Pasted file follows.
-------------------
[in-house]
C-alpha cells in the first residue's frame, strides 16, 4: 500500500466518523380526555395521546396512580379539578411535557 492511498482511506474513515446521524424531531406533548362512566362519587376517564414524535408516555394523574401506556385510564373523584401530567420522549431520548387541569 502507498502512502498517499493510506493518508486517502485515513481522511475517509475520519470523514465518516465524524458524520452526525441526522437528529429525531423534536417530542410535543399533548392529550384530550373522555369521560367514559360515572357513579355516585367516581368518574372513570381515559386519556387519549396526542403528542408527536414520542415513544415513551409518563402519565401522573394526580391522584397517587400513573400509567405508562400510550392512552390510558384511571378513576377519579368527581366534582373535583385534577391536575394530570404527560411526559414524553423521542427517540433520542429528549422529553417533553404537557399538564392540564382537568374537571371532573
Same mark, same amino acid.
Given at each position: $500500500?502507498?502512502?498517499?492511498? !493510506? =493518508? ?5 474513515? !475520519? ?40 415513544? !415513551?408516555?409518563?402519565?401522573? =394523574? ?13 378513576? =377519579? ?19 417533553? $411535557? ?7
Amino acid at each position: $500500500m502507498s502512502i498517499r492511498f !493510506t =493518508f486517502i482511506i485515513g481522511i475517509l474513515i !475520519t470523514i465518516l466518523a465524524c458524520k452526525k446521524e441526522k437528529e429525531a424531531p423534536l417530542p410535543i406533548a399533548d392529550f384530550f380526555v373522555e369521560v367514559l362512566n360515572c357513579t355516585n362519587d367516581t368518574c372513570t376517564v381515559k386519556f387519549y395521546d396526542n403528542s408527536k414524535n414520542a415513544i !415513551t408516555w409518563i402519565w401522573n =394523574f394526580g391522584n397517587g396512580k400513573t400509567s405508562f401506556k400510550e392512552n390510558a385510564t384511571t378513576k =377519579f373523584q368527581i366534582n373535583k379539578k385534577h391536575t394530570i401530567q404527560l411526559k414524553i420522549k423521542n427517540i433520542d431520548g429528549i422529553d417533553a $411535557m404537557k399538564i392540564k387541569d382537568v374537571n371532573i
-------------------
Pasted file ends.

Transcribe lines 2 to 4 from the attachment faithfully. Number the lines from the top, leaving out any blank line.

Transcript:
C-alpha cells in the first residue's frame, strides 16, 4: 500500500466518523380526555395521546396512580379539578411535557 492511498482511506474513515446521524424531531406533548362512566362519587376517564414524535408516555394523574401506556385510564373523584401530567420522549431520548387541569 502507498502512502498517499493510506493518508486517502485515513481522511475517509475520519470523514465518516465524524458524520452526525441526522437528529429525531423534536417530542410535543399533548392529550384530550373522555369521560367514559360515572357513579355516585367516581368518574372513570381515559386519556387519549396526542403528542408527536414520542415513544415513551409518563402519565401522573394526580391522584397517587400513573400509567405508562400510550392512552390510558384511571378513576377519579368527581366534582373535583385534577391536575394530570404527560411526559414524553423521542427517540433520542429528549422529553417533553404537557399538564392540564382537568374537571371532573
Same mark, same amino acid.
Given at each position: $500500500?502507498?502512502?498517499?492511498? !493510506? =493518508? ?5 474513515? !475520519? ?40 415513544? !415513551?408516555?409518563?402519565?401522573? =394523574? ?13 378513576? =377519579? ?19 417533553? $411535557? ?7